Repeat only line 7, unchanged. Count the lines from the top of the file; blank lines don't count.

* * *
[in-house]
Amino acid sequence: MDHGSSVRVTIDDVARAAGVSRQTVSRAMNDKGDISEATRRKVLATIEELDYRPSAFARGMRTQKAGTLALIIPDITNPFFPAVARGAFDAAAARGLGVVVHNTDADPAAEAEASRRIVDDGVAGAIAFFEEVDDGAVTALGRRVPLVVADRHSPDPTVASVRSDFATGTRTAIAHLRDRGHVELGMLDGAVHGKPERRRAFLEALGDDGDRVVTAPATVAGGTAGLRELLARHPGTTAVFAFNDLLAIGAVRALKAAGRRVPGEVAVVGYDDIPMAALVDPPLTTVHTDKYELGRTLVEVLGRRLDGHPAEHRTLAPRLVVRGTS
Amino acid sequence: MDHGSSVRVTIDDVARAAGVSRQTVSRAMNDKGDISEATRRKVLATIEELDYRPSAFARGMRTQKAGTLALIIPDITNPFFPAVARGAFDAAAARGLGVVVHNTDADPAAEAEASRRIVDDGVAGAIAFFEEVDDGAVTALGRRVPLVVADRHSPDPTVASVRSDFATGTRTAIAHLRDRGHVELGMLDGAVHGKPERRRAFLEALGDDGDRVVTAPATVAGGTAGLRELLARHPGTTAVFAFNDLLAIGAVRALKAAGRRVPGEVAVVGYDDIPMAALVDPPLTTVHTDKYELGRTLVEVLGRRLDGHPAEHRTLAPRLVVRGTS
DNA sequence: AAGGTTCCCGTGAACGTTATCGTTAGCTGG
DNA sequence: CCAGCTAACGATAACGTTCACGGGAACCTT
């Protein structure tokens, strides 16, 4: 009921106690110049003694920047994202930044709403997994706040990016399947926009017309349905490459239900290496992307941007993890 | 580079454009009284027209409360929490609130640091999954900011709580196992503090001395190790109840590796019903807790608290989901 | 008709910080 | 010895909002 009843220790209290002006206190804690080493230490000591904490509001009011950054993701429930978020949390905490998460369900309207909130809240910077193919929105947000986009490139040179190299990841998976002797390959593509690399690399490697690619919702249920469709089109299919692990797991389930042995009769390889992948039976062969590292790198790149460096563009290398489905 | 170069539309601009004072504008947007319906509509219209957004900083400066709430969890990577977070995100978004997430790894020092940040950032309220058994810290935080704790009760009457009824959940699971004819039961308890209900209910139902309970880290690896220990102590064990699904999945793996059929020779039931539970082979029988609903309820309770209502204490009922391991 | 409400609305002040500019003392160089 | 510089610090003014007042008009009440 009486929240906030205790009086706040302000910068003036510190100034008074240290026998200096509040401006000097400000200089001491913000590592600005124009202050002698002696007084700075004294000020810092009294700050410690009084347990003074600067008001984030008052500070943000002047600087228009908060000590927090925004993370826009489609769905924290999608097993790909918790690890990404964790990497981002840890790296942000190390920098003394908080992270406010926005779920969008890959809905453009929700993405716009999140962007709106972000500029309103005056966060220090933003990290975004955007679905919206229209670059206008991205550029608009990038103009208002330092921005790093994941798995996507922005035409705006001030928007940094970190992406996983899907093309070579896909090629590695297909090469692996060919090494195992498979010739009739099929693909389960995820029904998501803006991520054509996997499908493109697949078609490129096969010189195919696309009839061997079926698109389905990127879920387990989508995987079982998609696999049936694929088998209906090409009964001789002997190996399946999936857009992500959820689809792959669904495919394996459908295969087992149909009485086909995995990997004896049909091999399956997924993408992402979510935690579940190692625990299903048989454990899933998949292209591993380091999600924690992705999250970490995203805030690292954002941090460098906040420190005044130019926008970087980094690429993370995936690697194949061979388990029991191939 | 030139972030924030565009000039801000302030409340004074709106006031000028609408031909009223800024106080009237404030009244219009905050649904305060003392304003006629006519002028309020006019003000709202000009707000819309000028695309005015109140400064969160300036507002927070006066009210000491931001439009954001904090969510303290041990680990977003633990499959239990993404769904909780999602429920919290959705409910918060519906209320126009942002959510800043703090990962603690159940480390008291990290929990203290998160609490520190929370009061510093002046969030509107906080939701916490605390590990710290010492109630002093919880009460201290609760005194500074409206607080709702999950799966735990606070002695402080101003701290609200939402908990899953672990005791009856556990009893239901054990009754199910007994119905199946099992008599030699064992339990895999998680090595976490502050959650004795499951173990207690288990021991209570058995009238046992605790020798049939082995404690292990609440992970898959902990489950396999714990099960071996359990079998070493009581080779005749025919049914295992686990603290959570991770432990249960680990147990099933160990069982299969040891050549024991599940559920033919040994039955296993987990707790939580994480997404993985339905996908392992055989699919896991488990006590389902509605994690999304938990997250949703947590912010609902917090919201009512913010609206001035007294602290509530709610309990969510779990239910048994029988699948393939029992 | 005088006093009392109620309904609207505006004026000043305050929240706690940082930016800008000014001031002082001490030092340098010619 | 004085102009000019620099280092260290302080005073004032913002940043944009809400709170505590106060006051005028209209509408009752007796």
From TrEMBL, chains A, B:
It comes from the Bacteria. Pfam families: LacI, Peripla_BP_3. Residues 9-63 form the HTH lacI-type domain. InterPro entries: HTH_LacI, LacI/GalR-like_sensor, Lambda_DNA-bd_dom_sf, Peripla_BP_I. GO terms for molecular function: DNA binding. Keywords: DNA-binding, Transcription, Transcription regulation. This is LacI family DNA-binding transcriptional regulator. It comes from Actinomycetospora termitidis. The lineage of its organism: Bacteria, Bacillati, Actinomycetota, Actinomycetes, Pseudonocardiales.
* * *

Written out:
From TrEMBL, chains A, B: